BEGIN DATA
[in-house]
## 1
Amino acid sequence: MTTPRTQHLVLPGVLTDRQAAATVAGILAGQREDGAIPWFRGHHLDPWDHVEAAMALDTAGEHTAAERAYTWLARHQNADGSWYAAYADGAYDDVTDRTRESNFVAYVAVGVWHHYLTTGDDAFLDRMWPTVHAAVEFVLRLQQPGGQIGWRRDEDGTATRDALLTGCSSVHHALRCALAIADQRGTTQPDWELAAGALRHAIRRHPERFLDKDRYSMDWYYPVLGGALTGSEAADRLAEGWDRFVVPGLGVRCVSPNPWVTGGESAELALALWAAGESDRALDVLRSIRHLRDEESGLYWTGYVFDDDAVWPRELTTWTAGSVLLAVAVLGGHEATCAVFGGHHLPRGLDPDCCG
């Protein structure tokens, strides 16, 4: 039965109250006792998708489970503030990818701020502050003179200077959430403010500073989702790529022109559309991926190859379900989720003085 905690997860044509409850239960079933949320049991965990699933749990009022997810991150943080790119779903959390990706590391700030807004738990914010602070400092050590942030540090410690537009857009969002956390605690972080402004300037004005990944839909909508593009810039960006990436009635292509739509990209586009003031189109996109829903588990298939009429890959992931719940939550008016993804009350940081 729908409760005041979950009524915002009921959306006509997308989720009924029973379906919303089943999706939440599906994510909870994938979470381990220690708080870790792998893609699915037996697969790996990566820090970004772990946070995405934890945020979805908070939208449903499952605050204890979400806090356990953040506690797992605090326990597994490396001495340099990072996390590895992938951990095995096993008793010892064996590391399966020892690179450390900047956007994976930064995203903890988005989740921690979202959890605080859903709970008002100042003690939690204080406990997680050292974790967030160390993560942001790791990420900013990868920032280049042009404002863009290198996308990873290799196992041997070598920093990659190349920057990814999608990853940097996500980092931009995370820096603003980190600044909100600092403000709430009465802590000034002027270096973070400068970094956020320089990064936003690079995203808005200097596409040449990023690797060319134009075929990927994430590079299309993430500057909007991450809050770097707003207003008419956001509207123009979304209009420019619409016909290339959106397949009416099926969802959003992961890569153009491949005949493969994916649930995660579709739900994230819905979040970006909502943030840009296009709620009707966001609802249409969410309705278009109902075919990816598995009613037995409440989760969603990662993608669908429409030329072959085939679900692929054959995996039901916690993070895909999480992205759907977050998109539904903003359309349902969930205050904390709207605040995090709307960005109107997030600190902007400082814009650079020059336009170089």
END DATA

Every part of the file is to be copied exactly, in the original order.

[in-house]
## 1
Amino acid sequence: MTTPRTQHLVLPGVLTDRQAAATVAGILAGQREDGAIPWFRGHHLDPWDHVEAAMALDTAGEHTAAERAYTWLARHQNADGSWYAAYADGAYDDVTDRTRESNFVAYVAVGVWHHYLTTGDDAFLDRMWPTVHAAVEFVLRLQQPGGQIGWRRDEDGTATRDALLTGCSSVHHALRCALAIADQRGTTQPDWELAAGALRHAIRRHPERFLDKDRYSMDWYYPVLGGALTGSEAADRLAEGWDRFVVPGLGVRCVSPNPWVTGGESAELALALWAAGESDRALDVLRSIRHLRDEESGLYWTGYVFDDDAVWPRELTTWTAGSVLLAVAVLGGHEATCAVFGGHHLPRGLDPDCCG
């Protein structure tokens, strides 16, 4: 039965109250006792998708489970503030990818701020502050003179200077959430403010500073989702790529022109559309991926190859379900989720003085 905690997860044509409850239960079933949320049991965990699933749990009022997810991150943080790119779903959390990706590391700030807004738990914010602070400092050590942030540090410690537009857009969002956390605690972080402004300037004005990944839909909508593009810039960006990436009635292509739509990209586009003031189109996109829903588990298939009429890959992931719940939550008016993804009350940081 729908409760005041979950009524915002009921959306006509997308989720009924029973379906919303089943999706939440599906994510909870994938979470381990220690708080870790792998893609699915037996697969790996990566820090970004772990946070995405934890945020979805908070939208449903499952605050204890979400806090356990953040506690797992605090326990597994490396001495340099990072996390590895992938951990095995096993008793010892064996590391399966020892690179450390900047956007994976930064995203903890988005989740921690979202959890605080859903709970008002100042003690939690204080406990997680050292974790967030160390993560942001790791990420900013990868920032280049042009404002863009290198996308990873290799196992041997070598920093990659190349920057990814999608990853940097996500980092931009995370820096603003980190600044909100600092403000709430009465802590000034002027270096973070400068970094956020320089990064936003690079995203808005200097596409040449990023690797060319134009075929990927994430590079299309993430500057909007991450809050770097707003207003008419956001509207123009979304209009420019619409016909290339959106397949009416099926969802959003992961890569153009491949005949493969994916649930995660579709739900994230819905979040970006909502943030840009296009709620009707966001609802249409969410309705278009109902075919990816598995009613037995409440989760969603990662993608669908429409030329072959085939679900692929054959995996039901916690993070895909999480992205759907977050998109539904903003359309349902969930205050904390709207605040995090709307960005109107997030600190902007400082814009650079020059336009170089």